NIGERIAN Communications Commission (NCC) has moved to mobilize Nigerians to help protect telecommunications infrastructure against vandalism.
Professor Umar Danbatta, executive vice-chairman of NCC appealed to Nigerians during a “Road Show Against Vandalism of Telecom Infrastructure” in Lagos to protect the infrastructure considered the heart of telecommunications.
Danbatta who was represented by Mr Tony Ojobo, director, Public Affairs of NCC, reiterated need for Nigerians to collectively stop vandalism of telecoms infrastructure so as to save the industry from possible collapse.
According to him, telecoms infrastructure has democratised the ability of citizens to communicate with one another.
“Most of us now shop online because of the advancement that we have attained with the telecoms industry.
“Some of us book hotels, buy air tickets and even check traffic situations on our telephones.
“We share and exchange information, send photos, videos, text messages to our friends, families and social friends,” he said.
“We are all aware that the telecoms industry is one of the biggest dividends of our democracy in Nigeria.
“The telecoms industry has also provided this nation with the opportunity to sell herself creditably among the committee of nations.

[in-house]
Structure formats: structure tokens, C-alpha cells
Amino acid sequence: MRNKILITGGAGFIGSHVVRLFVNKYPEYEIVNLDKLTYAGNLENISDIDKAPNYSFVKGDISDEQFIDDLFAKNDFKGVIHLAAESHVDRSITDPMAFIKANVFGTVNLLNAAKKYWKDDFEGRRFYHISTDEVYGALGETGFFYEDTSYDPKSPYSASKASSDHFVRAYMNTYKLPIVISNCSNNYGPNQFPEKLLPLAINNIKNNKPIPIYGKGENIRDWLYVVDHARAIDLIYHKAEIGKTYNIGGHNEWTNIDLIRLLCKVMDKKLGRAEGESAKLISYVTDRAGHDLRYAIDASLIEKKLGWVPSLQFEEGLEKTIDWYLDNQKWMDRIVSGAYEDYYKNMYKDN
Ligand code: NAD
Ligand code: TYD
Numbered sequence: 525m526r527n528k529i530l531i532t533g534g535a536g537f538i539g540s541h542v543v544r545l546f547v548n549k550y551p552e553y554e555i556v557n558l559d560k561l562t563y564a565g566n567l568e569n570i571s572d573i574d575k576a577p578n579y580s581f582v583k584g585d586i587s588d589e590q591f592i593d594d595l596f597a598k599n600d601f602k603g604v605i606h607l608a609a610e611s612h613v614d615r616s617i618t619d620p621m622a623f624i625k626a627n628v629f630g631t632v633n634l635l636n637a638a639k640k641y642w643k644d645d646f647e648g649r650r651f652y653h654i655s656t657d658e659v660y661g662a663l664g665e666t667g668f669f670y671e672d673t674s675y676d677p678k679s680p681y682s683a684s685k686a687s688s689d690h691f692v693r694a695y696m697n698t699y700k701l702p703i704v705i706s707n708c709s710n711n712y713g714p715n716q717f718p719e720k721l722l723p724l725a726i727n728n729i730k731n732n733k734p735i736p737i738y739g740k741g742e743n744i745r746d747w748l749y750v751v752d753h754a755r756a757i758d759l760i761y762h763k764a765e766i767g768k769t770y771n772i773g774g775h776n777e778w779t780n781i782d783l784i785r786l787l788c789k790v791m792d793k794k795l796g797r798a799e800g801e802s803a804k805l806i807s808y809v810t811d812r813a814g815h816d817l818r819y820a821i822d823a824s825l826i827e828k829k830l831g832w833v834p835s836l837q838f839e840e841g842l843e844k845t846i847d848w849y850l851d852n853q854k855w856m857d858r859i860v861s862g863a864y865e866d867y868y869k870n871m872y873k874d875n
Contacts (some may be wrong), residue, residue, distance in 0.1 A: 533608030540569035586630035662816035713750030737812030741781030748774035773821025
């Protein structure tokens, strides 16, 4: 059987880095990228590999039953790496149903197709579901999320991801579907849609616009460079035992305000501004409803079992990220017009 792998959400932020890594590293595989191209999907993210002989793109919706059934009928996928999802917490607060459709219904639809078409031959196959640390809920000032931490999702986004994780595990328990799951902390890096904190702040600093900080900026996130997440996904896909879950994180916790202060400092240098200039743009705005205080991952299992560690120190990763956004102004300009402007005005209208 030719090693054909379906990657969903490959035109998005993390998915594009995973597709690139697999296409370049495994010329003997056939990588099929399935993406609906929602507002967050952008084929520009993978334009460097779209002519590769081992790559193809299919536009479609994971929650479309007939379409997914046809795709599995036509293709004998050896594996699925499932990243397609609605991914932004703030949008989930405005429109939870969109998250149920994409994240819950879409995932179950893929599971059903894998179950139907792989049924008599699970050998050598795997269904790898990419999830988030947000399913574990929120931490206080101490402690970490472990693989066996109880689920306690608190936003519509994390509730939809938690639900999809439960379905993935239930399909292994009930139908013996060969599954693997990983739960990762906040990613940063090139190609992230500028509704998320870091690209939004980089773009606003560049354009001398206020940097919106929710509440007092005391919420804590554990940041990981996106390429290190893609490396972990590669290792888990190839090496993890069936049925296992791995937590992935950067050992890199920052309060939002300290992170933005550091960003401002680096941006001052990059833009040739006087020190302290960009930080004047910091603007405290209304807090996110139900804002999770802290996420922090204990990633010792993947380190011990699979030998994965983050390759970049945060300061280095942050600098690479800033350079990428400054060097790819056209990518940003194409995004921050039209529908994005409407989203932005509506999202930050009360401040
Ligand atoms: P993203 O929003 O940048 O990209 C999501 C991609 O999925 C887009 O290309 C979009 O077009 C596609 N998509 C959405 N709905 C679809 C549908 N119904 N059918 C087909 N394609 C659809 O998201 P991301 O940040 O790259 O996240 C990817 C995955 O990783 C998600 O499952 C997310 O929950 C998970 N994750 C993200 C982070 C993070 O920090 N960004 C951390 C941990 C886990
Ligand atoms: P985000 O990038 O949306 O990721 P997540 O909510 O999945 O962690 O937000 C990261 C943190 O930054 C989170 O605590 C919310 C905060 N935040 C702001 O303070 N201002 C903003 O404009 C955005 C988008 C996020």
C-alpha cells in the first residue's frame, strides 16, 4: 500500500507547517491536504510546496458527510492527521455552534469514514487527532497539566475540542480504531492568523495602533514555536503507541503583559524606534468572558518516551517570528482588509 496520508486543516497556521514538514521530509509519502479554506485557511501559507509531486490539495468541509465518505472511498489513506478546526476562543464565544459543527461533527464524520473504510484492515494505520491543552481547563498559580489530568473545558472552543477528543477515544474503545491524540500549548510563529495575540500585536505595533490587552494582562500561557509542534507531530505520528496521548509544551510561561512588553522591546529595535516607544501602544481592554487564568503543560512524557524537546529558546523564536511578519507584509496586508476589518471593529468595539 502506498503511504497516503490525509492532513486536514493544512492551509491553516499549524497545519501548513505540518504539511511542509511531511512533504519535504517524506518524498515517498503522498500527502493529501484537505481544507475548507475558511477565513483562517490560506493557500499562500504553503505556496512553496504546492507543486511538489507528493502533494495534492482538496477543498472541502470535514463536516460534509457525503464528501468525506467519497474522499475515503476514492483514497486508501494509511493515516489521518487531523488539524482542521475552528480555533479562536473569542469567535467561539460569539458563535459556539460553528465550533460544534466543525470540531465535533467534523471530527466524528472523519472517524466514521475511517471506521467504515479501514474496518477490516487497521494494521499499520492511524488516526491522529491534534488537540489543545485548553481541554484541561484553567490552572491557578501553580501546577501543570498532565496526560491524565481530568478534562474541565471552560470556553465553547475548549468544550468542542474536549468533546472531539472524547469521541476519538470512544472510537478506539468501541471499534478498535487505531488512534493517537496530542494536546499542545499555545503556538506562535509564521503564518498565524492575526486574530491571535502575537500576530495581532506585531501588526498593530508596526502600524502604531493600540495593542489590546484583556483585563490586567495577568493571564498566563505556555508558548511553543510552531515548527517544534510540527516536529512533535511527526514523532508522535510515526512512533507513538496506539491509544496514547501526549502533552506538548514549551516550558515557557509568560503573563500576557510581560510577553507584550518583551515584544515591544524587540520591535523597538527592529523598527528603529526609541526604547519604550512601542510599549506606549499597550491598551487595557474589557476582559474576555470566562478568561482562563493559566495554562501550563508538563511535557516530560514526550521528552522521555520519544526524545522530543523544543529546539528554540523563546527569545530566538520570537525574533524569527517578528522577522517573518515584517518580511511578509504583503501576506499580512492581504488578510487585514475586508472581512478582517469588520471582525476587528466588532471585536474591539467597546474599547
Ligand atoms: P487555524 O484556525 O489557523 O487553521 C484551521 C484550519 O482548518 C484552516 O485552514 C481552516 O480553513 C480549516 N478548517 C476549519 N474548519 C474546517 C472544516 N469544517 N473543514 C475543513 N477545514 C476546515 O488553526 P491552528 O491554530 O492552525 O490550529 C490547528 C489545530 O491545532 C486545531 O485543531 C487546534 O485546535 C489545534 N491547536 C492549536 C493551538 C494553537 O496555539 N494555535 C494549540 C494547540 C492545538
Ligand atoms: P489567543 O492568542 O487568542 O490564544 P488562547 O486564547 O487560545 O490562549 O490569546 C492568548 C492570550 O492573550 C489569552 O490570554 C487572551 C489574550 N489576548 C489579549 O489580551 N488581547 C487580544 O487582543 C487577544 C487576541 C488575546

“Today, we are ranked among the fastest growing telecoms country in the world.’’
Danbatta said that the industry was a major contributor to the nation’s Gross Domestic Product (GDP) and had pushed up the economic growth and complimenting government’s efforts towards diversification of the economy from oil.
He added that thousands of citizens were directly employed by the telecoms industry and earning income as a result of the level of development in the industry.
According to him, the benefits and the useful services being enjoyed from the industry are now threatened by the spate of vandalism of the infrastructure across the country.
He said that the commission was worried that vandalism of the infrastructure was slowing the pace of growth, and contributing to poor quality of services.
“Vandalism of infrastructure comes in several ways. Some vandals cut or destroy cables that provide services across geopolitical distances or communities.
“Some engage in destruction of facilities at mobile telephone base stations. Some engage in stealing of generators or diesel which are to power base stations that make services available at all times.
“We have situations where local communities or individuals bar technical staff from the service providers from installing equipment or carrying out repairs on existing systems,” Dambatta added.
“We also have situations where people engage in willful destruction or damage of telecoms infrastructure, in order to extort money from service providers.
“The industry has continued to lose huge sums of money as a result of vandalism of telecoms infrastructure, and more importantly, the nation has lost a lot of services as a result of this menace,” he said.
Dambatta said that the reason for the campaign was to ensure that Nigeria did not lose her pace of telecoms penetration.
He urged citizens to join the war against vandalism by being vigilant and reporting any form of destruction of infrastructure to security agencies.